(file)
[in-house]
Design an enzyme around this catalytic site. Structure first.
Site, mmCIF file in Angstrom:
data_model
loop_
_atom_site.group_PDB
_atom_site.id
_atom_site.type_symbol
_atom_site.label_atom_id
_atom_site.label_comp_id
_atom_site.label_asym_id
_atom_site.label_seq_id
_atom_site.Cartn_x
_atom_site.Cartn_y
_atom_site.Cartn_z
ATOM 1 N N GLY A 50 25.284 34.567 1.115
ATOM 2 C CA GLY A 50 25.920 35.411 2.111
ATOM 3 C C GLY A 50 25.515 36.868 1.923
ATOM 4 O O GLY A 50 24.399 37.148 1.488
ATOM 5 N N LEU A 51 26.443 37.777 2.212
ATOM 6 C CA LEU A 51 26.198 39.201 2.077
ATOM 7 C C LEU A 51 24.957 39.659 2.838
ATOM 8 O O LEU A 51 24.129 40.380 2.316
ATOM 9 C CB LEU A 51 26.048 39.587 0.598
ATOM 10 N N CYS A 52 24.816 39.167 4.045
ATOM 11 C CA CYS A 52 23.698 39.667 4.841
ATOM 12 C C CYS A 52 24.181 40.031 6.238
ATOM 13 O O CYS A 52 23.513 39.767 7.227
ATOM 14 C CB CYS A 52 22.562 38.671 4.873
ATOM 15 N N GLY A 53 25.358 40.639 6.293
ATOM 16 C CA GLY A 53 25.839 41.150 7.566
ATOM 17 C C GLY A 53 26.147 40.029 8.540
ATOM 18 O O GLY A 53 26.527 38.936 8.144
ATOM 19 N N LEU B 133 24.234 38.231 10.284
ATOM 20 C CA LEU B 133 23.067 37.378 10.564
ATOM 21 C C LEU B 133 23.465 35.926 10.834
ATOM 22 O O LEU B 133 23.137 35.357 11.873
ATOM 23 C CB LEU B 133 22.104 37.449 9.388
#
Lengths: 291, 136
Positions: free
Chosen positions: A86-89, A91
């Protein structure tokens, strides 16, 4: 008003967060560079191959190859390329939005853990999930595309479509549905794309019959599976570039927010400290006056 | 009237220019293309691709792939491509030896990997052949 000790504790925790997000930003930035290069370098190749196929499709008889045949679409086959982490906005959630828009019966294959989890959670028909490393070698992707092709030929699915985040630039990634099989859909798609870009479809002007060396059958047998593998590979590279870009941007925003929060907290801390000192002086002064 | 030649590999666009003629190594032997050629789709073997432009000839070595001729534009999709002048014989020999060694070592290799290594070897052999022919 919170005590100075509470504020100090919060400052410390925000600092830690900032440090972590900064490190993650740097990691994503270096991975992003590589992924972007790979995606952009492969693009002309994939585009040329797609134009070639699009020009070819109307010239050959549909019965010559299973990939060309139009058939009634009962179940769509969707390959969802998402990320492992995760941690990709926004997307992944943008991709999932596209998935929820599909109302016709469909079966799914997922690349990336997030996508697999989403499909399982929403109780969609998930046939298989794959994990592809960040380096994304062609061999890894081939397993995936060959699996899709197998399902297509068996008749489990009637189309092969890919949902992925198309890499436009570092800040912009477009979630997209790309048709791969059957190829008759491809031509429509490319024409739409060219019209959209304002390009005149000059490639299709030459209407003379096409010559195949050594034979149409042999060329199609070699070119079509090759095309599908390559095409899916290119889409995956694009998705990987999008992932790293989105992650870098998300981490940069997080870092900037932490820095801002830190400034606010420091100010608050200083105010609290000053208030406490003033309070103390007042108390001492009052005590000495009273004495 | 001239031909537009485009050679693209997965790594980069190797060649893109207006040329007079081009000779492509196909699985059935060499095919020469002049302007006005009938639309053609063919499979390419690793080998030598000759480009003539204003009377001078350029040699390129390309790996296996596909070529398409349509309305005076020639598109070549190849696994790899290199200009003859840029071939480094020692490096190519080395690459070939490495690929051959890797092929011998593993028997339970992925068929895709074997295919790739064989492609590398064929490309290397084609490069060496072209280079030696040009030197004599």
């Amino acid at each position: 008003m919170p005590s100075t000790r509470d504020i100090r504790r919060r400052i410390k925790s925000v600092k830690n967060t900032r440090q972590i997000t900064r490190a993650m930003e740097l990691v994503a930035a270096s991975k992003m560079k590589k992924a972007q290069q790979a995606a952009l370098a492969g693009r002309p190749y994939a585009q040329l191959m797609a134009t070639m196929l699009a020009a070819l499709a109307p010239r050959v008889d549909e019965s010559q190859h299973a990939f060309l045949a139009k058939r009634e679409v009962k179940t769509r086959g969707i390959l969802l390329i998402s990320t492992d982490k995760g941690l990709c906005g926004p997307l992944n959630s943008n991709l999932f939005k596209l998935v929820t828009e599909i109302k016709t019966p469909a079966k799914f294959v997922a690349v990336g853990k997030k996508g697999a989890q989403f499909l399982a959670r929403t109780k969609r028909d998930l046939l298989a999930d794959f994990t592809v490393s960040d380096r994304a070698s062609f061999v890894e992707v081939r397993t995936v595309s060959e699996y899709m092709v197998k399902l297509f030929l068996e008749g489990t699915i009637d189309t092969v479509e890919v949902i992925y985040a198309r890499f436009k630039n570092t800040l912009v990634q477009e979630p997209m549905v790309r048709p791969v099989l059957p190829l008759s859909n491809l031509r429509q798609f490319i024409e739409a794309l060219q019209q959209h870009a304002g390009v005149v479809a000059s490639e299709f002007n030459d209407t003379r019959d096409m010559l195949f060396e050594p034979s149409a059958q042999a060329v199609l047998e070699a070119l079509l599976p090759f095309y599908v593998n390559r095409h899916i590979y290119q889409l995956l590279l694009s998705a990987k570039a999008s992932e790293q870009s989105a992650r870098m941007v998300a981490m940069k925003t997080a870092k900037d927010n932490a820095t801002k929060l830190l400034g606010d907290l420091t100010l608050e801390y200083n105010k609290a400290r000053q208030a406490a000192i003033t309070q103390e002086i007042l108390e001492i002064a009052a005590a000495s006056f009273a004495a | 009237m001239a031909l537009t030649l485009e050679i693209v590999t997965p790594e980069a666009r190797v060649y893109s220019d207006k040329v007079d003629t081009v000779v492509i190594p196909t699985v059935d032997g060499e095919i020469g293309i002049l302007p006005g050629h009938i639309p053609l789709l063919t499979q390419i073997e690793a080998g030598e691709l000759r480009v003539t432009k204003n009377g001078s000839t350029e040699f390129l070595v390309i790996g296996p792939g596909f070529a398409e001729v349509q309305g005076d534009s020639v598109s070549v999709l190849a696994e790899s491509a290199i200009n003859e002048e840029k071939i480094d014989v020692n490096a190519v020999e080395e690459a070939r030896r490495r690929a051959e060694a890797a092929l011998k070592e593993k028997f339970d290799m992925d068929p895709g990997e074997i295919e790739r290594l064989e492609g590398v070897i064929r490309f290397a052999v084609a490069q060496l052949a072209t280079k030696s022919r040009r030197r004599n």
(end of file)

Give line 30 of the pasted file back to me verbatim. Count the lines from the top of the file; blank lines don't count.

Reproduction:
ATOM 15 N N GLY A 53 25.358 40.639 6.293